The Rowan Amber Mill
Disciples of the Scorpion - the Complete Soundtrack (album)
“They Worked the Fields” (single)
(Miller Sounds CD)
Few remember it, even fewer have seen it. But Disciples of the Scorpion ranks amongst that select handful of movies whose legend marches inexorably ahead of any other consideration, not least of all because it’s only known airing was within the now-equally lost, similarly fabled, UK TV series Book of the Lost.
In other words, if this is all beginning to sound a bit like something dreamed up by someone who wishes there really had been a movie in which giant killer sea scorpions rise up at the word of a pirate radio DJ at the height of the summer of love… well, maybe it was. But if that is the case, then how do you explain the soundtrack album?
In truth, Disciples of the Scorpion bucks a lot of the familiar trends of movies from this era. Incidental movements are one thing, but there are near symphonic aspects to the music here… no mere cues or random stabs of avant garde sound effects. Moments like the (surprisingly gentle) “Rise of the Scorpion,” the near-chill tones of “Ratio”; the aptly titled “They Closed Our Eyes” and so forth feel as though they could have been composed as conventional album tracks, albeit by someone whose very notions of convention are out on a plane somewhere betwixt a Morricone-inspired commercial for recreational drugs, and that unlabelled flexidisc you once found in a thrift store. No, not the David Cassidy, one, the other one.
Snatches of dialogue, presumably from the original filmtrack, interrupt the mood; there’s also the original Book of the Lost introduction to the movie, to warn period viewers that this was by no means their average weekend television experience. And with a cast that includes wired hippies, weird drugs, and a veritable army of fiendish sea beasties… who could ask for anything more?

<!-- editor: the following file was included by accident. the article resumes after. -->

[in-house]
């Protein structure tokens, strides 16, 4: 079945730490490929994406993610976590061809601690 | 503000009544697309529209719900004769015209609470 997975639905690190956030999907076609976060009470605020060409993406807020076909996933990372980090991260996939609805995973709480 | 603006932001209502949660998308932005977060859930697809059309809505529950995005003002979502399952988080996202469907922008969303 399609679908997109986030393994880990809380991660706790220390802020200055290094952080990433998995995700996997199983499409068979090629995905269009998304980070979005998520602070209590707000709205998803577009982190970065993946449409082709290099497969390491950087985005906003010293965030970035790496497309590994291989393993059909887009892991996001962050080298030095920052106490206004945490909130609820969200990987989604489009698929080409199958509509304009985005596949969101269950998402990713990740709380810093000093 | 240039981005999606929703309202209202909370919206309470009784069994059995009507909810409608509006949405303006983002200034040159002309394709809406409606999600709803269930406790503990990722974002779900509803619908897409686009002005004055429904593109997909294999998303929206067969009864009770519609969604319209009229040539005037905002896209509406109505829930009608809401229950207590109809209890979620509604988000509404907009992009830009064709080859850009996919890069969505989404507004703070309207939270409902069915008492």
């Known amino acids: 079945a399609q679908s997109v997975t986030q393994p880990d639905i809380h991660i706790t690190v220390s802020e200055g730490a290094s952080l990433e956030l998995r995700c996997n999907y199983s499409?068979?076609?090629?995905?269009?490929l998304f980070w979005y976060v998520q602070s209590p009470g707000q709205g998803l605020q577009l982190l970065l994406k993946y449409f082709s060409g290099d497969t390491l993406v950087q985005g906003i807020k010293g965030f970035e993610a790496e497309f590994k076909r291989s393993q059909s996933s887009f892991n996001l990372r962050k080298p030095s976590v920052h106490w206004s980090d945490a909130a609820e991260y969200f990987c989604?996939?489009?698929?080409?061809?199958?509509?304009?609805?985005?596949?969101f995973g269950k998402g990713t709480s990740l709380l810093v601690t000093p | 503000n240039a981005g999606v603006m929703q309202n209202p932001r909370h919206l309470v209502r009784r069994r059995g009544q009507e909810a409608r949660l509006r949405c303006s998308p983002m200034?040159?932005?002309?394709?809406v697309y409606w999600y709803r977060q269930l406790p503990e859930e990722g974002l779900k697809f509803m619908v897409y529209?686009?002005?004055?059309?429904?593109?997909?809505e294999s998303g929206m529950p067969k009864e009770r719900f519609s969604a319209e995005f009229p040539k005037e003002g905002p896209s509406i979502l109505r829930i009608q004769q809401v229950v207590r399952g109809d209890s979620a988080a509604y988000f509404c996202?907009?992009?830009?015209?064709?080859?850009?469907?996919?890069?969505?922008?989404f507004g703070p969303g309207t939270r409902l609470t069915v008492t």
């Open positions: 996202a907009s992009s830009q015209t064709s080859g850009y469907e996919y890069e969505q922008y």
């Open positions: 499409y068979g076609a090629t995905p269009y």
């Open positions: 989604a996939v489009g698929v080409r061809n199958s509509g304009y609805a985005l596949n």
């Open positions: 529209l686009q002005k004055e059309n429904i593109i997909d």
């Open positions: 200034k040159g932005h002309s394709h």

PS: Separate from the album, but fitting into its mood regardless, there’s also a new RAM single, the gently, but so lovely, psych-orchestral “They Worked the Field.” With frontman Stephen Stannard ranking among the most visionary artists currently at large on the UK wyrd-adelic scene, it goes without saying that you really need to pick up both releases.
Think I’m Going Weird - Original Artefacts from the British Psychedelic Scene 1966-1968
(Grapefruit 5 CDs)
It’s like that old line about how, if you give enough monkeys a typewriter, one will turn out the works of Shakespeare. If you give enough psychedelic collectors five CDs, one will create a box set that another might agree with.
So many bands, so many singles, so many sounds. The era itself is unimpeachable in terms of mad genius, whimsical eclecticism, bat-poop craziness… and, of course, musical frontier-busting. Overloaded with acts who zapped the zeitgeist for at least three minutes. Positively lousy with songs that stick in your head through sheer disbelief and dynamics. And, unlike so many other so-called genres, psych knew no time limit, which is why Moon Kyte’s “Jelly Man” remains one of the brightest days of the summer of love, despite coming out three years later.
Moonkyte aren’t included here. Obviously. But it would be easier to list the period pacemakers who aren’t involved (Pink Floyd, Fleur de Lys, Julie Driscoll and Frabjoy & the Runcible Spoon) than those that are, as 122 slabs of classic UK psych rain down from candy colored clouds and rainbow flavored trees, and the only bone of contention might be… well, we’re back to the typewriting monkeys again.
The Smoke are here, but without their friend Jack. Elmer Gantry drops in but leaves the flames at home, Dantalion’s Chariot are not running through the fields, Traffic’s shoes have no holes on them.